Before Police Officer Luis Moura joined Darien Police, he was an officer in the Bridgeport Police Department, where one of his actions during New Year’s Eve celebrations earned him an award for bravery. Moura was awarded a “Courage of Connecticut Law Enforcement Plaque” by the AFSCME Council 4 union, which represents workers in Connecticut, for having “displayed tremendous bravery” in dealing with four people firing guns as they celebrated New Year’s Eve. Moura and another officer, David Uliano, were part of a Police Department “New Year’s Eve Shots Fired Detail” for the 2014-2015 holiday, working overnight Dec. 31 to Jan. 1.
Applications for kids to join the Darien Police Department-Depot Youth Center Citizen Police Academy will be accepted starting Wednesday, Dec. 7. The five-week program is run by the department’s Youth Division Detective Mark Cappelli in conjunction with The Depot Youth Center to give students a better understanding of police officers’ duties, responsibilities and training requirements. Officers from different departments participate, allowing students an opportunity to become acquainted with them in a friendly, interactive environment. Traffic enforcement, accident investigation, criminal justice, Internet safety, forensics, crime scene investigation, and a presentation with S.W.A.T. will be covered.
After nearly a decade patrolling the waters off Darien’s shores and sometimes rescuing boaters, Darien Police Department is selling its 26-foot, 2007 Glacier Bay 2690 patrol boat to the highest bidder. The boat, built in 2006 by Glacier Bay Inc. in Monroe, Wash. and a mainstay of the department’s Marine Unit, was replaced last month with a new boat, so now the town is selling the “express cruising catamaran” to get back a bit of the money put into it. The vessel is sold “as is” with no warranty. It has twin Evinrude gas engines with 175 horsepower and a trailer is included.
Four Darien police officers have been commended by the Police Commission for their actions in two recent incidents — one involving a female who appeared to be intent on hurting herself; the other, a man found unconscious in a swimming pool. Commendations went to Officers Edwin Vigil, Greg Benedetto, Kevan Taggart and Sgt. Alison Hudyma. The following descriptions of their actions came from a police spokesman and from the minutes of the Sept. 19 meeting of the Darien Police Commission:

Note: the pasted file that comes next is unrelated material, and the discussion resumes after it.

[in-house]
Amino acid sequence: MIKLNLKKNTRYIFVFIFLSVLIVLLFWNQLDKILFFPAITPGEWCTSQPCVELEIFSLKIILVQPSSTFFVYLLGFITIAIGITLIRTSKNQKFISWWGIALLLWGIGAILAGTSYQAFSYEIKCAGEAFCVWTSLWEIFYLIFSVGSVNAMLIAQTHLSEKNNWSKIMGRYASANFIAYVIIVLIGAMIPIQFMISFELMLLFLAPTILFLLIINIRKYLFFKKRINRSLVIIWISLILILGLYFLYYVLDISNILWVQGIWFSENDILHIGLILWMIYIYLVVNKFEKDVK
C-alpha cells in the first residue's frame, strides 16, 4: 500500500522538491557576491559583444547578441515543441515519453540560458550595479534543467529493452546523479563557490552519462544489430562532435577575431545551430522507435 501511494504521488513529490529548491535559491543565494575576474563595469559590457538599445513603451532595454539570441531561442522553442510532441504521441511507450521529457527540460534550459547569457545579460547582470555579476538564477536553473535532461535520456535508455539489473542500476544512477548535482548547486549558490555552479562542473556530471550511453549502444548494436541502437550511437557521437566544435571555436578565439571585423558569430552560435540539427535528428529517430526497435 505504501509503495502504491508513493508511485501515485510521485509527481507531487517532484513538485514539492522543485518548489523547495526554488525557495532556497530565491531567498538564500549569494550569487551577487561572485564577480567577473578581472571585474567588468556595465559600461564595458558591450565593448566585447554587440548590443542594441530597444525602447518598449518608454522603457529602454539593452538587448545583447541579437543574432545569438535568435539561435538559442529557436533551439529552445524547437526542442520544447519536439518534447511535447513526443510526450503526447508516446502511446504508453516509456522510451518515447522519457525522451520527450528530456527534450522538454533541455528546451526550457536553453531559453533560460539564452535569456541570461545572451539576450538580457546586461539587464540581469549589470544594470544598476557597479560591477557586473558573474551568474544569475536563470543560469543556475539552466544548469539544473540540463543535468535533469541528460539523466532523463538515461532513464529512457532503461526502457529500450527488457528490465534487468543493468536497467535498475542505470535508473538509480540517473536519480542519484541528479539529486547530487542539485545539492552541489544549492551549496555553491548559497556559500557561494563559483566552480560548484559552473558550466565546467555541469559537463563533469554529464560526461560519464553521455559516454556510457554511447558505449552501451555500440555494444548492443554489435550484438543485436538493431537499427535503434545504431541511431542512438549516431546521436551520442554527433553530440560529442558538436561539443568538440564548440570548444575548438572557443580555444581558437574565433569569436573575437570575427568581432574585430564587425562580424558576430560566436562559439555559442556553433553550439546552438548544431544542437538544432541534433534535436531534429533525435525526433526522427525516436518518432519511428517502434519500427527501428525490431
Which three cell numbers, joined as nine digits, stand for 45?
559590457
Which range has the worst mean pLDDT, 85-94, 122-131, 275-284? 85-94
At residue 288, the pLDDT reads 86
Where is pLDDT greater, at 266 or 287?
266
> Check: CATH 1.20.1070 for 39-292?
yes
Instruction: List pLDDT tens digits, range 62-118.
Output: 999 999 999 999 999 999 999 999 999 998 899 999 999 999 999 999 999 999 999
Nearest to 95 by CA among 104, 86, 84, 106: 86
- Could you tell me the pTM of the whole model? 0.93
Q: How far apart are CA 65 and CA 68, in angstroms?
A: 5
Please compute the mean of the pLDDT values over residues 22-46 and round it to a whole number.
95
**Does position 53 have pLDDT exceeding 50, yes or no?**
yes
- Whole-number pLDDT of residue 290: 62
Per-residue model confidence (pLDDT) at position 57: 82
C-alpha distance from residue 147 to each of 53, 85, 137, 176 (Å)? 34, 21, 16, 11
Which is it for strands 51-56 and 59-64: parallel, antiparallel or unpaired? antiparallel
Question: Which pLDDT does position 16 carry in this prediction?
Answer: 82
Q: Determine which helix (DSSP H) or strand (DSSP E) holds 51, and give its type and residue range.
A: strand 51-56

The first incident (unrelated to the second), took place on Aug.
The Darien Police Marine Division placed a new vessel in service this month.
After approximately a year of waiting for it to be built to custom specifications in Bremerton, Wa., the 27-foot Safeboat Full Cabin Defender arrived in Darien on Oct. 4. ______________
— an announcement from Darien Police
Powered by twin Evinrude 300 hp motors, the boat has an aluminum hull and a foam collar allowing for “close up” operational work. Thanks to The Darien Foundation for Technology & Community, the boat is equipped with several electronic components that will ensure the safety of the officers while performing their duties and allowing a more efficient response to emergencies on the water. Some of the boat’s features include:
Roof mounted and stabilized FLIR (forward looking infrared)
Down Vision and Side Scan Sonar
Remote control search lights
High powered flood and LED exterior lighting
Air conditioned cabin
Chart plotter, GPS, and radar systems
Sirius XM Marine Weather Receiver
Commercial Grade VHF Radios
MDT (Mobile Data Terminal)
Rear Deck Video Camera
The Safeboat replaces a 10 year old 27’ Glacier Bay dual hull vessel that served the Marine Division well and now will be put up for sale. Due to growing maintenance costs, general wear and tear, and a demand for year round responses to emergencies, the decision was made in 2015 to pursue a new make and design so that the Marine Division can better accommodate the boating public in our area.
Darien Police Department has four new probationary officers, sworn in Monday night in front of their families and backed by good wishes from Police Chief Duane Lovello and town officials. The department’s newest sworn officers will attend police academy training in Milford for 25 or 26 weeks, starting Oct. 3, Lovello said. “They’ll come back here for 12 weeks of field training,” Lovello said. “Then we turn them loose” on the town, he joked.
Darien Police Sergeant Jeremiah Johnson, Ph.D., is one of 11 law enforcement professionals nationwide to be selected for participation in the U.S. Department of Justice National Institute of Justice (NIJ) Law Enforcement Advancing Data and Science (LEADS) program.
— an announcement (slightly edited) from Darien Police Department
In a notification letter, Dr. Nancy Rodriguez, Director of the NIJ, said Johnson’s selection was in “recognition of Sgt. Johnson’s ability to effectively infuse research into policy development within the Darien Police Department …”
The LEADS program carries a goal of “identifying and developing the next generation of law enforcement leadership, and encouraging the use of evidence-based research to advance criminal justice throughout the nation.”
Johnson will travel to San Diego, California in October to participate in round-table discussions including the International Association of Police Chiefs Research and Advisory Committee and the NIJ’s research track “What Works and What Matters in Policing.” “This is not only an extraordinary honor for Sgt. Johnson and the Darien Police Department but also a tremendous opportunity for Sgt. Johnson to bring back to Darien recommendations and new ideas in furtherance of excellence,” Darien Police Chief Duane Lovello said.
Darien police announced Wednesday that its website now has a “Resources Toolbox” for families, friends and caregivers of people with various destructive behaviors, like drug-taking, bullying, suicide or dating violence. Here’s the announcement: